• SeekWell (Curate, Share, Publish, Automate) Pricing: Free for Curate, Share, Publish, $49/mo for Automate

    We built SeekWell to allow teams to collaborate around a shared SQL Repository and through an integration with Google Sheets. SeekWell combines a shared SQL Repository and an integration with Google Sheets. Your team can write SQL and get data back within the app, or send the data directly to Sheets. The data can then be set to update on a schedule, as often as every 5 minutes.

    Meanwhile, every query is automatically saved in the repository and can be searched by anyone on the team based on the content of the query, the author, when it was run and (if properly tagged) the question being answered.

    SeekWell’s main advantage is its tight integration with analysts’ workflow. There is no need to switch between programs to write, save, search or publish data in a shared spreadsheet.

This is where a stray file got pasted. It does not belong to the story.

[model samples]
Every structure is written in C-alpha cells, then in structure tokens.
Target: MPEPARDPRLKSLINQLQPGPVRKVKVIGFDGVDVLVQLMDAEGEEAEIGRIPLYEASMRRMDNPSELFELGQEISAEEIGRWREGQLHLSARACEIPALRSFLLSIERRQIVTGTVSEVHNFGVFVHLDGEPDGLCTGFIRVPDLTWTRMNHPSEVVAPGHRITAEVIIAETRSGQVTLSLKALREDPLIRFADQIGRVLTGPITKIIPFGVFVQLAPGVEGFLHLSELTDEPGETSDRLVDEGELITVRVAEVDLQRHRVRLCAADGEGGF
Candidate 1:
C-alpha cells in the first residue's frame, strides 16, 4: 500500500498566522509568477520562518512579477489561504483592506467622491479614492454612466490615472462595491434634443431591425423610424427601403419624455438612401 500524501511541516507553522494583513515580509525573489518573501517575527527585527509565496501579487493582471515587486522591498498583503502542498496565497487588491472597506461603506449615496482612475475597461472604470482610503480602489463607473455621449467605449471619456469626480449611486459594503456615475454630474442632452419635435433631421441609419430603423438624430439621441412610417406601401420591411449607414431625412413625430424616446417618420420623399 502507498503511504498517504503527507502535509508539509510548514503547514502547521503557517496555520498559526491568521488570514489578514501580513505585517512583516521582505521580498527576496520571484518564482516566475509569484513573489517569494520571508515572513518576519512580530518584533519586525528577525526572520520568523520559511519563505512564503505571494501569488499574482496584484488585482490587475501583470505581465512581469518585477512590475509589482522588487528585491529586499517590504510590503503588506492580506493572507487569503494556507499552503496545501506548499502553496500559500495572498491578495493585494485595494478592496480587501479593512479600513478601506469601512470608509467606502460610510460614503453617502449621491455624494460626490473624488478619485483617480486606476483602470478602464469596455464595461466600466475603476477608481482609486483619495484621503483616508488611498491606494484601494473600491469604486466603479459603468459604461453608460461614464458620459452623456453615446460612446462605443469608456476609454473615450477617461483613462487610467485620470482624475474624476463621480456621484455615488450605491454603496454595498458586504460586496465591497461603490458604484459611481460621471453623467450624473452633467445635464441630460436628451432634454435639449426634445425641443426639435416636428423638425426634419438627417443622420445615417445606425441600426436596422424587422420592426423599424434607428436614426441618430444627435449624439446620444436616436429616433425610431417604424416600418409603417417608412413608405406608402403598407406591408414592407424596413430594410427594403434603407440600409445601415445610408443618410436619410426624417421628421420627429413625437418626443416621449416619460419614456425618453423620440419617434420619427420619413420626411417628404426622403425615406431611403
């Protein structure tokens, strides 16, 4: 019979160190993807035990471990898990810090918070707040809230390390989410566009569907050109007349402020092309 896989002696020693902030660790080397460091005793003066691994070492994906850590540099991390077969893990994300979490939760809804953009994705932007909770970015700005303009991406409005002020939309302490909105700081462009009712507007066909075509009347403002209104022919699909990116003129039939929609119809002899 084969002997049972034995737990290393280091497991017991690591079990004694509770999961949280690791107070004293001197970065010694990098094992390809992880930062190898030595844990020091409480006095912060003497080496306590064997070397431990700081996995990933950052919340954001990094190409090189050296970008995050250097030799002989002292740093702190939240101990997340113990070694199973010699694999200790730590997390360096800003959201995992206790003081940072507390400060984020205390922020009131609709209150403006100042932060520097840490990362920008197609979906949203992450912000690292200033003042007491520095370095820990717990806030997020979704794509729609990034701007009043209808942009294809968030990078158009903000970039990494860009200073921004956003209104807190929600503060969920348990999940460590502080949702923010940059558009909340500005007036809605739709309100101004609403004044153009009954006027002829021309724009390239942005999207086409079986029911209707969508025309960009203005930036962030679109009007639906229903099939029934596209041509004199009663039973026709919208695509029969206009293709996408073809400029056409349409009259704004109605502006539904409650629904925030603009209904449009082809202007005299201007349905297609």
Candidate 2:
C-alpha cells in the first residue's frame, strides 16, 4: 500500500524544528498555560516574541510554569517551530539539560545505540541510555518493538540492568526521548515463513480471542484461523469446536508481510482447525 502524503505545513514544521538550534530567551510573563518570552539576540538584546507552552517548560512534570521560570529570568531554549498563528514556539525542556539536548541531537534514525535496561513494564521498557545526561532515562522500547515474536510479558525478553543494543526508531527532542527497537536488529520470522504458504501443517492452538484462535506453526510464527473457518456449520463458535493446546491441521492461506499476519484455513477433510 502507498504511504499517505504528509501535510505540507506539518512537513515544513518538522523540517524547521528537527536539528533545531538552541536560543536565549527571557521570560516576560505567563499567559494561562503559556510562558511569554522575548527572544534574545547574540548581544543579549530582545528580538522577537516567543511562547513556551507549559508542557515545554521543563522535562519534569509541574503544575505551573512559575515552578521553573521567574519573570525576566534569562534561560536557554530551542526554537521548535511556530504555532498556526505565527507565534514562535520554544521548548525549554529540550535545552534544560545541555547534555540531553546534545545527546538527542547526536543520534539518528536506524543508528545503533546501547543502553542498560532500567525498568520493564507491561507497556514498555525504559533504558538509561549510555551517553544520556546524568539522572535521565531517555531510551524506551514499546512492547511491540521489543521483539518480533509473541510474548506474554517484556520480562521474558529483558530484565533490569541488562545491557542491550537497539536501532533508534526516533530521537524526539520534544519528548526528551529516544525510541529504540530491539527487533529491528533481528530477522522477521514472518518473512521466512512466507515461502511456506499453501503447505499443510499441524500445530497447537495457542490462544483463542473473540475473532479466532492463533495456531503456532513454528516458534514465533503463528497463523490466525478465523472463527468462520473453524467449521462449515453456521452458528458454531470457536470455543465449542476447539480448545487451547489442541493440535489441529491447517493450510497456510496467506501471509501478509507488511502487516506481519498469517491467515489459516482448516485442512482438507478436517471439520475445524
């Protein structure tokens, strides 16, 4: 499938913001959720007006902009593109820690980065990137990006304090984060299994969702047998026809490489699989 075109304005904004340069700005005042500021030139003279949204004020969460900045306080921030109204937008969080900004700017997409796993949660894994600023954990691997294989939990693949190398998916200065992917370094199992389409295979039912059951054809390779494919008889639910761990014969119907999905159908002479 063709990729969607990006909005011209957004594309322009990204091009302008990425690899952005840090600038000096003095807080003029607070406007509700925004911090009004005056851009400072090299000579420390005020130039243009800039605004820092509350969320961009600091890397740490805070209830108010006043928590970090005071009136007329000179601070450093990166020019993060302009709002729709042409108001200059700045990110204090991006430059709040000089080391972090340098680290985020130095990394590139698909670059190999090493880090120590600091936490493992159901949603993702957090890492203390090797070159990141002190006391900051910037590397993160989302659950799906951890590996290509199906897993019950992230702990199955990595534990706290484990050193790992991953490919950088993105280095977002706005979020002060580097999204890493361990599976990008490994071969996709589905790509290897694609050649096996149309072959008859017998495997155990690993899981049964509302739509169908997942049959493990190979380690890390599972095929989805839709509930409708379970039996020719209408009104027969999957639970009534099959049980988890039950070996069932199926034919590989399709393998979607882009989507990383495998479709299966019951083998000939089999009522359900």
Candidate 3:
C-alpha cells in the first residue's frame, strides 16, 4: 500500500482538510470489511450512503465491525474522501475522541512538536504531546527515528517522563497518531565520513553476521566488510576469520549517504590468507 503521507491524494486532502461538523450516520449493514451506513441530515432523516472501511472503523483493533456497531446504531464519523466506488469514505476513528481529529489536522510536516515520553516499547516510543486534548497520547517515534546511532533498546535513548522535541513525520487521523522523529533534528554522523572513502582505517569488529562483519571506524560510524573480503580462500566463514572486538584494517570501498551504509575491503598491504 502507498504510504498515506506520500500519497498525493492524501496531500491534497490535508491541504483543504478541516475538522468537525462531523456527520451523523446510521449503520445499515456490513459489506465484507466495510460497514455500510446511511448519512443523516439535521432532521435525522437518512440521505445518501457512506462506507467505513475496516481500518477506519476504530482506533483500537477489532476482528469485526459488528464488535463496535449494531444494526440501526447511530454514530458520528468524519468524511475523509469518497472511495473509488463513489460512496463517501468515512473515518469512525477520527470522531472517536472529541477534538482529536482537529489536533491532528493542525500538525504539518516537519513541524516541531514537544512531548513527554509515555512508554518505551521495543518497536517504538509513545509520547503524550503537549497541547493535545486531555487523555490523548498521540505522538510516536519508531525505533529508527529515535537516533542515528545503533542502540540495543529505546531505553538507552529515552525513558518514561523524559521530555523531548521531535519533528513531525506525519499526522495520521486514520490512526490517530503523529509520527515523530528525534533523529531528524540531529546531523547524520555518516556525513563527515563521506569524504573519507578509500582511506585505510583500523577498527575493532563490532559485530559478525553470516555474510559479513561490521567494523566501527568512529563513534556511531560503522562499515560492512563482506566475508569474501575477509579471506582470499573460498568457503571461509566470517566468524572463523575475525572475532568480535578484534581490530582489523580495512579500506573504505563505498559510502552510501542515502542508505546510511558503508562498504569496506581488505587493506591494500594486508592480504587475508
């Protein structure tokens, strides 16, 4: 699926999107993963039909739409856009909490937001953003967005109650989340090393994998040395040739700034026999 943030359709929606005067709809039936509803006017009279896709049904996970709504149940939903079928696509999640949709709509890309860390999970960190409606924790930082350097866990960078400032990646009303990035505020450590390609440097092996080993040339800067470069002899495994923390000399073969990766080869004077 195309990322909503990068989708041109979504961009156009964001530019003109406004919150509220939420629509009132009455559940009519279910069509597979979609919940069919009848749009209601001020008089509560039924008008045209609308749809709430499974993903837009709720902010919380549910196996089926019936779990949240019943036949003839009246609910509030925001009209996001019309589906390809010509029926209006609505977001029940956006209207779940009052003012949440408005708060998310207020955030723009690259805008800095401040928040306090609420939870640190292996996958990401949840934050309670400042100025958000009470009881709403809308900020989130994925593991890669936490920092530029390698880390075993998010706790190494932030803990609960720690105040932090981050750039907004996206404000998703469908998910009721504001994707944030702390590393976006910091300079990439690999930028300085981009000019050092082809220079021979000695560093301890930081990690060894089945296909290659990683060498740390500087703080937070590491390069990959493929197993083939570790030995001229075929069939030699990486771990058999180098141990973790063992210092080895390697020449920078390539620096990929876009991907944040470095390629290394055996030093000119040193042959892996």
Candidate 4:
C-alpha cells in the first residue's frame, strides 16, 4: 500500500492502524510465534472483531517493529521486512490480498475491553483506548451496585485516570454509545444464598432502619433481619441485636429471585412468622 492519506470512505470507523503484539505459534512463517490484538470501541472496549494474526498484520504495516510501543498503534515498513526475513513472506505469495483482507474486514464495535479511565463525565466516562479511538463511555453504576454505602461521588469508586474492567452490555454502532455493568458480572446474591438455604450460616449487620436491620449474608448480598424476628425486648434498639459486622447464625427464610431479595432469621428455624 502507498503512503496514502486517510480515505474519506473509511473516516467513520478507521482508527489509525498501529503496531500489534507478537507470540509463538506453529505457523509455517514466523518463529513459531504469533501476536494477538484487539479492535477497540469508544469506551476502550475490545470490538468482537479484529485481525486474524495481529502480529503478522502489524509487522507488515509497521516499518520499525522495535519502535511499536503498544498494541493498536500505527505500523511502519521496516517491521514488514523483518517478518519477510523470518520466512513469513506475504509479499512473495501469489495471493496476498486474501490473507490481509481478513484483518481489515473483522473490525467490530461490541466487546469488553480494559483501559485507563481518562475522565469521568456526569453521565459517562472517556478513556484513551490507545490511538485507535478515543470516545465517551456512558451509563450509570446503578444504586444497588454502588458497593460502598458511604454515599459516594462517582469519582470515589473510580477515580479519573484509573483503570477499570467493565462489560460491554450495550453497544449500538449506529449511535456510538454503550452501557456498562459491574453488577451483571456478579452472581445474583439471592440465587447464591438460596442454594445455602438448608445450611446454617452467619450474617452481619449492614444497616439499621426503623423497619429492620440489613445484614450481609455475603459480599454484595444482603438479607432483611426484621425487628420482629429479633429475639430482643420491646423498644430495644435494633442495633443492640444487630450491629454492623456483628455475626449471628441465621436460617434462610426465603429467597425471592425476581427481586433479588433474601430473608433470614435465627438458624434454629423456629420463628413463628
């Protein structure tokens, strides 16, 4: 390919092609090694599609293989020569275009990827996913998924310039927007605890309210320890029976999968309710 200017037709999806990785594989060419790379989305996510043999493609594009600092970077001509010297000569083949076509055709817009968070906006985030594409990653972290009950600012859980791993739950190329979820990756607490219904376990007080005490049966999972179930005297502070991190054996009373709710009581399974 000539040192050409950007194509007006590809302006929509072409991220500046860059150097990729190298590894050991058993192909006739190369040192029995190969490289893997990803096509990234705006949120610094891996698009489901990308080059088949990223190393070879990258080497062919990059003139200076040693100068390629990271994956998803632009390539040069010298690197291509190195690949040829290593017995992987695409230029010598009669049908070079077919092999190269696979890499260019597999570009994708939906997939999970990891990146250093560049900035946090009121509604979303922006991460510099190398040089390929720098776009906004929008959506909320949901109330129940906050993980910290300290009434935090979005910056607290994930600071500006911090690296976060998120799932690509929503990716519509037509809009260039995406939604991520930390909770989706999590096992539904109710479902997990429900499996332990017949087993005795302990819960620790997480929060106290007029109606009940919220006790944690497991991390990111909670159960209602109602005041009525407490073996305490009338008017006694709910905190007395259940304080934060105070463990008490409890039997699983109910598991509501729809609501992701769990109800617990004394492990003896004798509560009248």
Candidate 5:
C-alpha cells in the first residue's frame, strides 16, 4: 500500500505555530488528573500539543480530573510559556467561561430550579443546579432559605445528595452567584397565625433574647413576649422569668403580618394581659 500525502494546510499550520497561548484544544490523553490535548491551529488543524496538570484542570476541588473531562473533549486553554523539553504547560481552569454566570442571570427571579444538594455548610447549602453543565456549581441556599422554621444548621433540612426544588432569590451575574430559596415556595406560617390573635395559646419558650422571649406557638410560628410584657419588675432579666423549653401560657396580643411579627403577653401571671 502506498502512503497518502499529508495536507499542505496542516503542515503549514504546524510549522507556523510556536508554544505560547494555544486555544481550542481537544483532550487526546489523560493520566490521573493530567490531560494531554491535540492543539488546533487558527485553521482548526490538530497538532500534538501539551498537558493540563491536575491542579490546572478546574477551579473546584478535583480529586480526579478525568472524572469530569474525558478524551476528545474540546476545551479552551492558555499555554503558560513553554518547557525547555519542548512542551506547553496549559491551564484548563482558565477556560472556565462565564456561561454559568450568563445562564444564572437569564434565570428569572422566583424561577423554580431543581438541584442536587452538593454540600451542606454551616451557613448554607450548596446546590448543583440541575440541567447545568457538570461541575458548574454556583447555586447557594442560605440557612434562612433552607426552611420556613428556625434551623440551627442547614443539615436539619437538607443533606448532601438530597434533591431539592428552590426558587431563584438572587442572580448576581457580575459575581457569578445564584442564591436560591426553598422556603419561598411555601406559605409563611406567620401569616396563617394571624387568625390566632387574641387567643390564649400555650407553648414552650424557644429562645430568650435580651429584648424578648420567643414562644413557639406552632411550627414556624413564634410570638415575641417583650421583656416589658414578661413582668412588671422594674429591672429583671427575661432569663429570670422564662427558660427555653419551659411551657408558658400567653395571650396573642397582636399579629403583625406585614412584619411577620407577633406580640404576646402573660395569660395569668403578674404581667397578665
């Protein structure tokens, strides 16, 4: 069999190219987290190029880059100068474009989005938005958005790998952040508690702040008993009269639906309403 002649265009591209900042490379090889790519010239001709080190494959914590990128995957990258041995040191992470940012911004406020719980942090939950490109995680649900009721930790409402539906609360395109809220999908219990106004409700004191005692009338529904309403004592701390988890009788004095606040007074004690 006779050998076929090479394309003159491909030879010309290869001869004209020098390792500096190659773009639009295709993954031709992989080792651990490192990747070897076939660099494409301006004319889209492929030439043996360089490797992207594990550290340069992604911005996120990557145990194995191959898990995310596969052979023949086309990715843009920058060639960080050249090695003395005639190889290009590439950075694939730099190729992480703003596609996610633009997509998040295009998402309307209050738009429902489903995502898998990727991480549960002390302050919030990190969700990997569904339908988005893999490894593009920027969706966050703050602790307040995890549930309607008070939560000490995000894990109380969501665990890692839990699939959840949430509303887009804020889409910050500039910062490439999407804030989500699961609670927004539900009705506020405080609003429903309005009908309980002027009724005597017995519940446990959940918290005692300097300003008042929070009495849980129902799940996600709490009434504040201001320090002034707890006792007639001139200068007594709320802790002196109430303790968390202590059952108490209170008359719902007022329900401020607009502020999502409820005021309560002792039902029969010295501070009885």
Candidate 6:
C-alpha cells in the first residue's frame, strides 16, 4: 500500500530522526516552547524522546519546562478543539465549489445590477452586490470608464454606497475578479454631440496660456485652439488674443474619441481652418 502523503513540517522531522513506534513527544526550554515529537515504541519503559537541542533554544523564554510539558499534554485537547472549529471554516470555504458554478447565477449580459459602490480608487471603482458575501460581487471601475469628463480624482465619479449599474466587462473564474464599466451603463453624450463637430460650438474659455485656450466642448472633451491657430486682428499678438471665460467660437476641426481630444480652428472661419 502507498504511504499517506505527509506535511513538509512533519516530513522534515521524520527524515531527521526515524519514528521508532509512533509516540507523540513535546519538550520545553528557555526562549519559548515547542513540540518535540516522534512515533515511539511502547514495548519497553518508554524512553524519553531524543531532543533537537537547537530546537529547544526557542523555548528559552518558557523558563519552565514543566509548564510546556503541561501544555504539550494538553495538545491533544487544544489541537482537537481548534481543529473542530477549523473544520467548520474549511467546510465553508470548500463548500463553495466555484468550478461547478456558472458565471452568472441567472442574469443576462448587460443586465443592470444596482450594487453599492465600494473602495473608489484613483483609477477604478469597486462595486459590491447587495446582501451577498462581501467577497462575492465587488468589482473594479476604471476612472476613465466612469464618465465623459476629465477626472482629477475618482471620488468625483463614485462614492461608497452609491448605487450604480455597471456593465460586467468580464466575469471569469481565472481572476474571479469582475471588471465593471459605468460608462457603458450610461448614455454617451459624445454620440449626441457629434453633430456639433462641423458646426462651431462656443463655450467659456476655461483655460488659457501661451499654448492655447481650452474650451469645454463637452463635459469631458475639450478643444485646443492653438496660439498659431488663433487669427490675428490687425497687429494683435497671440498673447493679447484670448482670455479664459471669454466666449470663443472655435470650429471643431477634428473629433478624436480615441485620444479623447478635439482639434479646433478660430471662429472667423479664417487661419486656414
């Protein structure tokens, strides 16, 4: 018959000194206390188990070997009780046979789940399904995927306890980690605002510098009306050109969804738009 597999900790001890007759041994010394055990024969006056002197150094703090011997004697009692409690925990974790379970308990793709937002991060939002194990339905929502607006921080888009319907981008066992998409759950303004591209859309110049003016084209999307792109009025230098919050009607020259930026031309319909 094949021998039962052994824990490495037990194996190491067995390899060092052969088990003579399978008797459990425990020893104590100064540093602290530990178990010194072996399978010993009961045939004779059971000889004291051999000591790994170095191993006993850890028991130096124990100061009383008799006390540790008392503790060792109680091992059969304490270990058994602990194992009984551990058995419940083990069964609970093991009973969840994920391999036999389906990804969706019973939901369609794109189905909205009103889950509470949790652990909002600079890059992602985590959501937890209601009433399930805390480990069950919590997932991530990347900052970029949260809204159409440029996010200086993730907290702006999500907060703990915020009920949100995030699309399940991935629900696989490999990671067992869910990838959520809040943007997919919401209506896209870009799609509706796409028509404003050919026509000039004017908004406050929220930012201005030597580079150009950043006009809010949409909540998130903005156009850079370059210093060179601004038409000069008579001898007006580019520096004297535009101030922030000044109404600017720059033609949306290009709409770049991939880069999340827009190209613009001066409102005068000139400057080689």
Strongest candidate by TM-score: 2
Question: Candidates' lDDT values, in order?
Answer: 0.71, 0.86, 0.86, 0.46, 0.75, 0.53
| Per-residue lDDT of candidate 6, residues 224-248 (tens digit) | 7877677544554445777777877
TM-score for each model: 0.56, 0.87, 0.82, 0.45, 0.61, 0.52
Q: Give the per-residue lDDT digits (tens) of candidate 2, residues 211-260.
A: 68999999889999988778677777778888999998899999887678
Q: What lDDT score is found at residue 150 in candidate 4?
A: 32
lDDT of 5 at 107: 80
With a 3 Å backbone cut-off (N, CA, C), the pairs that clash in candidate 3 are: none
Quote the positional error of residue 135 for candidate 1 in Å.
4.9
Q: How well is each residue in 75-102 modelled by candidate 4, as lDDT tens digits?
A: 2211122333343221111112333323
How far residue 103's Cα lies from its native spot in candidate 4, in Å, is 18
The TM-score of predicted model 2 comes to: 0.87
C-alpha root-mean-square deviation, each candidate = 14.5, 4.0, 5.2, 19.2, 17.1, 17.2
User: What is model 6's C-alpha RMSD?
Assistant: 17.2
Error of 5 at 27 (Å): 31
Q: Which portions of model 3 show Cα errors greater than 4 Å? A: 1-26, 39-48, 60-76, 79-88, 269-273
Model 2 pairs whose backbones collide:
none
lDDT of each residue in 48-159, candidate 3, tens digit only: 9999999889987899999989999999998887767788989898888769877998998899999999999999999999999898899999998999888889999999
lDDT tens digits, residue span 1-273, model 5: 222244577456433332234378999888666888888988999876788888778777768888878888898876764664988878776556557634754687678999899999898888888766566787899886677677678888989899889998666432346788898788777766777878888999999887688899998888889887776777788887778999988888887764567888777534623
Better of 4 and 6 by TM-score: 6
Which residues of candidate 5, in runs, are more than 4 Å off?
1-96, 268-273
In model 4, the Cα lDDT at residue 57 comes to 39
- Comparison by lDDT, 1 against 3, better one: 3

• Snipplr (Share) Pricing: Free

    Snipplr is a web-based repo that allows you to save and share code with your team. It doesn’t have the same version control of Git, but it’s pretty simple to use.


And of course, you can always ‘roll your own.’ You can save and share queries in a shared spreadsheet. To publish and automate data into Google Sheets, check out how to develop your own apps script here. For sending data into Excel, you’ll want to set up an ODBC connection.


Maximizing your time spent answering interesting new questions necessarily means limiting the time you spend addressing questions that have already been answered by others and manually updating reports. Curating your best code, sharing your work with your team, publishing your results linked to the source code and automating update processes can minimize the time you spend on rework and direct more of your time toward breaking new ground.

If you would like to learn more about the basics of SQL, take DataCamp's free Intro to SQL for Data Science course and check out the SQL Tutorial for Beginners.